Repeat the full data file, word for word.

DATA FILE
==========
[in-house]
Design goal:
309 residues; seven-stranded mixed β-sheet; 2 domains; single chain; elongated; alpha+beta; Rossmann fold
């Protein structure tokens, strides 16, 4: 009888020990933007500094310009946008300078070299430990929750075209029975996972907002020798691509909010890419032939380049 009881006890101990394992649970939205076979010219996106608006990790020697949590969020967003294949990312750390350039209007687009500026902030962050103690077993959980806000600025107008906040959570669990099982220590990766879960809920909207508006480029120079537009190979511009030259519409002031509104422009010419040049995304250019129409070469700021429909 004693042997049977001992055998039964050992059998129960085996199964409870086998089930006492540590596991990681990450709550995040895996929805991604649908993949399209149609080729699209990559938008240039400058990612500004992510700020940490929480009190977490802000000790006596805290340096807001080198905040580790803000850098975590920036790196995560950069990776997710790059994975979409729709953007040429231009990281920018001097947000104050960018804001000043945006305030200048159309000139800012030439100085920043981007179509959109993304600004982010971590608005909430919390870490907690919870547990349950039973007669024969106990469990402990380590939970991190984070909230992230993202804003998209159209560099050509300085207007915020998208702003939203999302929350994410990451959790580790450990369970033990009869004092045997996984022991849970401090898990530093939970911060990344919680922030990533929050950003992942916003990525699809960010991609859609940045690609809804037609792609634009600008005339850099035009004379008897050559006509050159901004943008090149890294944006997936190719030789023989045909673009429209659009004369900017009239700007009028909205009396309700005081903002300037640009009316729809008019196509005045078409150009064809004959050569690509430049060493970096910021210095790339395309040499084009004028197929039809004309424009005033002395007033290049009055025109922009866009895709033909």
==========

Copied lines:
[in-house]
Design goal:
309 residues; seven-stranded mixed β-sheet; 2 domains; single chain; elongated; alpha+beta; Rossmann fold
């Protein structure tokens, strides 16, 4: 009888020990933007500094310009946008300078070299430990929750075209029975996972907002020798691509909010890419032939380049 009881006890101990394992649970939205076979010219996106608006990790020697949590969020967003294949990312750390350039209007687009500026902030962050103690077993959980806000600025107008906040959570669990099982220590990766879960809920909207508006480029120079537009190979511009030259519409002031509104422009010419040049995304250019129409070469700021429909 004693042997049977001992055998039964050992059998129960085996199964409870086998089930006492540590596991990681990450709550995040895996929805991604649908993949399209149609080729699209990559938008240039400058990612500004992510700020940490929480009190977490802000000790006596805290340096807001080198905040580790803000850098975590920036790196995560950069990776997710790059994975979409729709953007040429231009990281920018001097947000104050960018804001000043945006305030200048159309000139800012030439100085920043981007179509959109993304600004982010971590608005909430919390870490907690919870547990349950039973007669024969106990469990402990380590939970991190984070909230992230993202804003998209159209560099050509300085207007915020998208702003939203999302929350994410990451959790580790450990369970033990009869004092045997996984022991849970401090898990530093939970911060990344919680922030990533929050950003992942916003990525699809960010991609859609940045690609809804037609792609634009600008005339850099035009004379008897050559006509050159901004943008090149890294944006997936190719030789023989045909673009429209659009004369900017009239700007009028909205009396309700005081903002300037640009009316729809008019196509005045078409150009064809004959050569690509430049060493970096910021210095790339395309040499084009004028197929039809004309424009005033002395007033290049009055025109922009866009895709033909």